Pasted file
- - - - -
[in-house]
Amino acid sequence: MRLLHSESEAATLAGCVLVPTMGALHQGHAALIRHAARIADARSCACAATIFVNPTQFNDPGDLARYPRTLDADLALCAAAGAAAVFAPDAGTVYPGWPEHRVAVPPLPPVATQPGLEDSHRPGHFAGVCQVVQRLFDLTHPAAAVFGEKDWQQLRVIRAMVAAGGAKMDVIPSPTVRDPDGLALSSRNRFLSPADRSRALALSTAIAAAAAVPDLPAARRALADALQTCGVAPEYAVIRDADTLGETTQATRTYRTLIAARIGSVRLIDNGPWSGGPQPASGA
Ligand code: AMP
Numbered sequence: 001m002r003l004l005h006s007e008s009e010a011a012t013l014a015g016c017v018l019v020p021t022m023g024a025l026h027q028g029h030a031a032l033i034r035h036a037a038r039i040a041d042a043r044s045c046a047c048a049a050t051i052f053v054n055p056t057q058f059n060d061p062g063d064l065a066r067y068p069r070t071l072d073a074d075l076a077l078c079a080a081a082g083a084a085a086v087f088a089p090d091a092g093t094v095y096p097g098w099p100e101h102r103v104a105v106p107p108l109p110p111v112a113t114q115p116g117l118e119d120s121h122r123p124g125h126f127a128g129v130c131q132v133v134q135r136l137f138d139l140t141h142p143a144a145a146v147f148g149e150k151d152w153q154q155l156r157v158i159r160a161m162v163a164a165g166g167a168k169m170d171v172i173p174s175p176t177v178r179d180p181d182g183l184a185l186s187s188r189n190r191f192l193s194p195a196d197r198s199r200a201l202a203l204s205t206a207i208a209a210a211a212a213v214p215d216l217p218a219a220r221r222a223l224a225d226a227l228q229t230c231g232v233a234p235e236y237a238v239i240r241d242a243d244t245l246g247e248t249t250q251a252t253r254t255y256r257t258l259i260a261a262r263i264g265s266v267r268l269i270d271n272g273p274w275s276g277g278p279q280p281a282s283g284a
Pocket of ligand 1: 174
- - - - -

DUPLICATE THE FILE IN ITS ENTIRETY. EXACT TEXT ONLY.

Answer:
[in-house]
Amino acid sequence: MRLLHSESEAATLAGCVLVPTMGALHQGHAALIRHAARIADARSCACAATIFVNPTQFNDPGDLARYPRTLDADLALCAAAGAAAVFAPDAGTVYPGWPEHRVAVPPLPPVATQPGLEDSHRPGHFAGVCQVVQRLFDLTHPAAAVFGEKDWQQLRVIRAMVAAGGAKMDVIPSPTVRDPDGLALSSRNRFLSPADRSRALALSTAIAAAAAVPDLPAARRALADALQTCGVAPEYAVIRDADTLGETTQATRTYRTLIAARIGSVRLIDNGPWSGGPQPASGA
Ligand code: AMP
Numbered sequence: 001m002r003l004l005h006s007e008s009e010a011a012t013l014a015g016c017v018l019v020p021t022m023g024a025l026h027q028g029h030a031a032l033i034r035h036a037a038r039i040a041d042a043r044s045c046a047c048a049a050t051i052f053v054n055p056t057q058f059n060d061p062g063d064l065a066r067y068p069r070t071l072d073a074d075l076a077l078c079a080a081a082g083a084a085a086v087f088a089p090d091a092g093t094v095y096p097g098w099p100e101h102r103v104a105v106p107p108l109p110p111v112a113t114q115p116g117l118e119d120s121h122r123p124g125h126f127a128g129v130c131q132v133v134q135r136l137f138d139l140t141h142p143a144a145a146v147f148g149e150k151d152w153q154q155l156r157v158i159r160a161m162v163a164a165g166g167a168k169m170d171v172i173p174s175p176t177v178r179d180p181d182g183l184a185l186s187s188r189n190r191f192l193s194p195a196d197r198s199r200a201l202a203l204s205t206a207i208a209a210a211a212a213v214p215d216l217p218a219a220r221r222a223l224a225d226a227l228q229t230c231g232v233a234p235e236y237a238v239i240r241d242a243d244t245l246g247e248t249t250q251a252t253r254t255y256r257t258l259i260a261a262r263i264g265s266v267r268l269i270d271n272g273p274w275s276g277g278p279q280p281a282s283g284a
Pocket of ligand 1: 174